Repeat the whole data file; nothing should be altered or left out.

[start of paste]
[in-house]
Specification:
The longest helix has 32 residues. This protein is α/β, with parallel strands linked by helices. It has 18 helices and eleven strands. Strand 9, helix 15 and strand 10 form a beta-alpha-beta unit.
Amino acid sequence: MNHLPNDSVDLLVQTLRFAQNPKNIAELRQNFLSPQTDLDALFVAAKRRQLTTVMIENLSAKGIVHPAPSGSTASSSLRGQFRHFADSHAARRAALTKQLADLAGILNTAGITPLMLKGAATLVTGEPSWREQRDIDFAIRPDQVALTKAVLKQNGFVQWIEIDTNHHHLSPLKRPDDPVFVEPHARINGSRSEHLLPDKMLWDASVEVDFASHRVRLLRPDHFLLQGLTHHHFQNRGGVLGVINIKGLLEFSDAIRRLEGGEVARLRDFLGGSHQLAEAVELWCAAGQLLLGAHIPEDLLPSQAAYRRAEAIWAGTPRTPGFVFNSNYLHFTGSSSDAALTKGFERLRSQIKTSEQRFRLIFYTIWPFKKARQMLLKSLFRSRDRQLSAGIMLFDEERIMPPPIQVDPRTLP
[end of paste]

[in-house]
Specification:
The longest helix has 32 residues. This protein is α/β, with parallel strands linked by helices. It has 18 helices and eleven strands. Strand 9, helix 15 and strand 10 form a beta-alpha-beta unit.
Amino acid sequence: MNHLPNDSVDLLVQTLRFAQNPKNIAELRQNFLSPQTDLDALFVAAKRRQLTTVMIENLSAKGIVHPAPSGSTASSSLRGQFRHFADSHAARRAALTKQLADLAGILNTAGITPLMLKGAATLVTGEPSWREQRDIDFAIRPDQVALTKAVLKQNGFVQWIEIDTNHHHLSPLKRPDDPVFVEPHARINGSRSEHLLPDKMLWDASVEVDFASHRVRLLRPDHFLLQGLTHHHFQNRGGVLGVINIKGLLEFSDAIRRLEGGEVARLRDFLGGSHQLAEAVELWCAAGQLLLGAHIPEDLLPSQAAYRRAEAIWAGTPRTPGFVFNSNYLHFTGSSSDAALTKGFERLRSQIKTSEQRFRLIFYTIWPFKKARQMLLKSLFRSRDRQLSAGIMLFDEERIMPPPIQVDPRTLP